Addressing Mental Healthcare for HIV Patients

By: Javacia Harris Bowser

When Keith Matthews first started working as a nurse practitioner at Unity Wellness in Opelika, Alabama, he knew very little about HIV and AIDS. But now improving the health outcomes and quality of life of HIV patients is one of Keith’s greatest passions as a healthcare professional.

“Now that I’ve been in it, I don’t see myself doing anything else,” Keith says. “It’s great that it’s not a death sentence anymore and the longer I’m here, the more I see a lot of other barriers and social determinants of health that need to be addressed for certain populations.”

This passion motivated him to become a 2023-2024 Albert Schweitzer Fellow. This academic year Keith is working to address depression and anxiety in people living with HIV to increase their adherence to HIV treatment.

After being screened, patients who show evidence of mental health issues will be presented with treatment options ranging from medication and counseling to alternative methods such as meditation and prayer. Keith will follow up with patients on a regular basis to monitor outcomes.

Taking on a project like this is tough. Keith admits that when patients don’t follow up, he can get discouraged. But the patients who do follow through with the recommendations remind him the work is worthwhile.

“So while the project’s not going forward like I would like, I do see a lot of promise with more conversations around mental health,” Keith says. “So that’s been encouraging.”

Keith is especially focused on getting Black men at Unity Wellness to get the mental health care that they need.  According to the National Alliance on Mental Illness, Black men are less likely to seek treatment for mental health services and when they do, they are more likely to receive inadequate care.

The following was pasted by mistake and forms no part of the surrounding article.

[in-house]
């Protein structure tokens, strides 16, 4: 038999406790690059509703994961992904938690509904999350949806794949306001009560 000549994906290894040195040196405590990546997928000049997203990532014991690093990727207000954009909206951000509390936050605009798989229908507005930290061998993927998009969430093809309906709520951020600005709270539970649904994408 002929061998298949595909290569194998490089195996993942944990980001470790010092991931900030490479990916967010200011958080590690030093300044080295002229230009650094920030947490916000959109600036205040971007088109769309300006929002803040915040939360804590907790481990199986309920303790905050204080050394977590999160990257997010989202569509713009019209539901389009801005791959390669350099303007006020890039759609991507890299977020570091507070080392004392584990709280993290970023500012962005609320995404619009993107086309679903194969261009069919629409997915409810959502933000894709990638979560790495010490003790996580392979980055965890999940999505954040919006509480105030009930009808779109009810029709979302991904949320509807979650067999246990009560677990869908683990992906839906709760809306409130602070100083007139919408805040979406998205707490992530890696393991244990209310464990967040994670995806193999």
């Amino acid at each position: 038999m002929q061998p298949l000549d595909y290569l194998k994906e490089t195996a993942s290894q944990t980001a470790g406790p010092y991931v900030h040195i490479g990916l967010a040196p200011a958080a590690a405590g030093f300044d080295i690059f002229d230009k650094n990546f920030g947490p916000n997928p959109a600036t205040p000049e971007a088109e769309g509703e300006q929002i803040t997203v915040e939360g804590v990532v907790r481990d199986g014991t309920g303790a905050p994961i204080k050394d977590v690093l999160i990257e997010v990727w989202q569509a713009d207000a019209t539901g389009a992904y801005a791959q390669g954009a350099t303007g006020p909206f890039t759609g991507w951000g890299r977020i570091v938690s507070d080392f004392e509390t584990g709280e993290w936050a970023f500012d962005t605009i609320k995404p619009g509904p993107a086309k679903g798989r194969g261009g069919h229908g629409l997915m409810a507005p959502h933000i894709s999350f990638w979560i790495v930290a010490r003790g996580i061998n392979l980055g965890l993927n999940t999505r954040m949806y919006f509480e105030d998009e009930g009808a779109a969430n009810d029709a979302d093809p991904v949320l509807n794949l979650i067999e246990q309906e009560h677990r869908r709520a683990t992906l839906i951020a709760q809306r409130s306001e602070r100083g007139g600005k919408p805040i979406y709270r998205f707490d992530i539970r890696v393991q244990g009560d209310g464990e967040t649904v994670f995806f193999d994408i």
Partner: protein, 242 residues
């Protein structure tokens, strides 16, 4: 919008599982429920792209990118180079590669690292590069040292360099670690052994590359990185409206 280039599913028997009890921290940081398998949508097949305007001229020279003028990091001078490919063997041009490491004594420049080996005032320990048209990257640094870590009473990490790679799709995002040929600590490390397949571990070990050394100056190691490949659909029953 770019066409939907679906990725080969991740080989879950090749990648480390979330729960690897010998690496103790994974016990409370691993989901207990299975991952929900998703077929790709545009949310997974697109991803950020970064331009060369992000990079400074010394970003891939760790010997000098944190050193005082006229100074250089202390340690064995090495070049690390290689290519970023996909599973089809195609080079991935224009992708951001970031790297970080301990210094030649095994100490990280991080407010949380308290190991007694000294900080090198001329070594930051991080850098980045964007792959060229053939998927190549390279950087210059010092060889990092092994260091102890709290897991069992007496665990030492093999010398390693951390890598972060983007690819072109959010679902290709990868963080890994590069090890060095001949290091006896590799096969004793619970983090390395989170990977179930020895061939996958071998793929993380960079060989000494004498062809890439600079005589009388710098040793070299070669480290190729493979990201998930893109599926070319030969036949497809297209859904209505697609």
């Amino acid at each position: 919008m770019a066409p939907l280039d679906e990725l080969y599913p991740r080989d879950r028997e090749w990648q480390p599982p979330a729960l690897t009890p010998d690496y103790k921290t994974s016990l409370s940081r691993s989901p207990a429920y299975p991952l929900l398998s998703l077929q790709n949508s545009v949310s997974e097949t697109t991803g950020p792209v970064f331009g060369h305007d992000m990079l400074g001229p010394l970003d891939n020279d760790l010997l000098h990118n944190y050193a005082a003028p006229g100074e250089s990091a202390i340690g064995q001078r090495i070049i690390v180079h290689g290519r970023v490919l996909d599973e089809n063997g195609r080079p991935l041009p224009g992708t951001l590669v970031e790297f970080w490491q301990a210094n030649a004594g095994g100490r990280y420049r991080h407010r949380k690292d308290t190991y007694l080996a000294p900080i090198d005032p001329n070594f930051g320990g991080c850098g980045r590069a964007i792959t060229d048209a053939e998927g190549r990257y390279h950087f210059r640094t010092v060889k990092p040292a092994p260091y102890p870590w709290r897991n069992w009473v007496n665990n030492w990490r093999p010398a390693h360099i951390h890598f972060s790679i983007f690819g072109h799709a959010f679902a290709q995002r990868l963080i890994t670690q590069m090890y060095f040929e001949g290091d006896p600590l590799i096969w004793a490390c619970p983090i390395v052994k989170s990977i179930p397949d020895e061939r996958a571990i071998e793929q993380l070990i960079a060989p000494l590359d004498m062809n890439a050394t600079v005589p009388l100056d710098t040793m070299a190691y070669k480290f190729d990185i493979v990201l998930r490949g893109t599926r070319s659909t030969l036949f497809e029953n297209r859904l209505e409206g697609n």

To overcome the stigma that often comes with mental health issues, Keith will often talk with patients about changes in their appetite or sleep patterns – telltale signs of anxiety or depression.

Keith has already seen three patients show significant improvement with the help of guided meditation.

Balancing Acts

The Albert Schweitzer Fellowship makes for a busy year for all students who participate. But this is a particularly hectic year for Keith. In addition to his fellowship, Keith works full time as a nurse practitioner at Unity Wellness. He’s working towards his Doctor of Nursing Practice at Auburn University. And he and his wife welcomed their first child last year.

But with the support and encouragement of his wife, Keith is finding a way to balance it all by “working smarter not harder,” he says.

And he’s confident the work is worth the effort.

Keith says through the Albert Schweitzer Fellowship he’s learning more about the barriers that underserved communities face when trying to obtain healthcare.

“ASF really has helped me think more critically, develop a new compassion towards individuals and not get so focused on the end goal, but about the journey itself,” he says.

That said, Keith does have a lofty long-term goal in mind. He hopes to use data from his research to help with writing a grant with the Alabama Department of Public Health that would allow the department to bring in therapists who would see patients in rural areas via telehealth.

In addition to being a practicing healthcare professional, Keith – who comes from a family of teachers — plans to be an adjunct professor too.

“In our clinic, we’ve had students in and I love just getting to share my nursing world and letting them see what we do here,” Keith says.

In the meantime, he’ll keep educating as many people as he can about what it really means to live with HIV.

He laments that many people still don’t understand how the disease is transmitted.

“I’ve had stories of patients whose families just shun them and turn them away because they have HIV, like they’re unclean or something,” Keith says.

He also wants HIV patients to know that they can still live a full life.

“It’s a chronic illness like diabetes or high blood pressure,” Keith says. “I tell my patients that they can continue to live strong, healthy lives like anyone else and they don’t have to have their dreams put on hold because they have HIV.”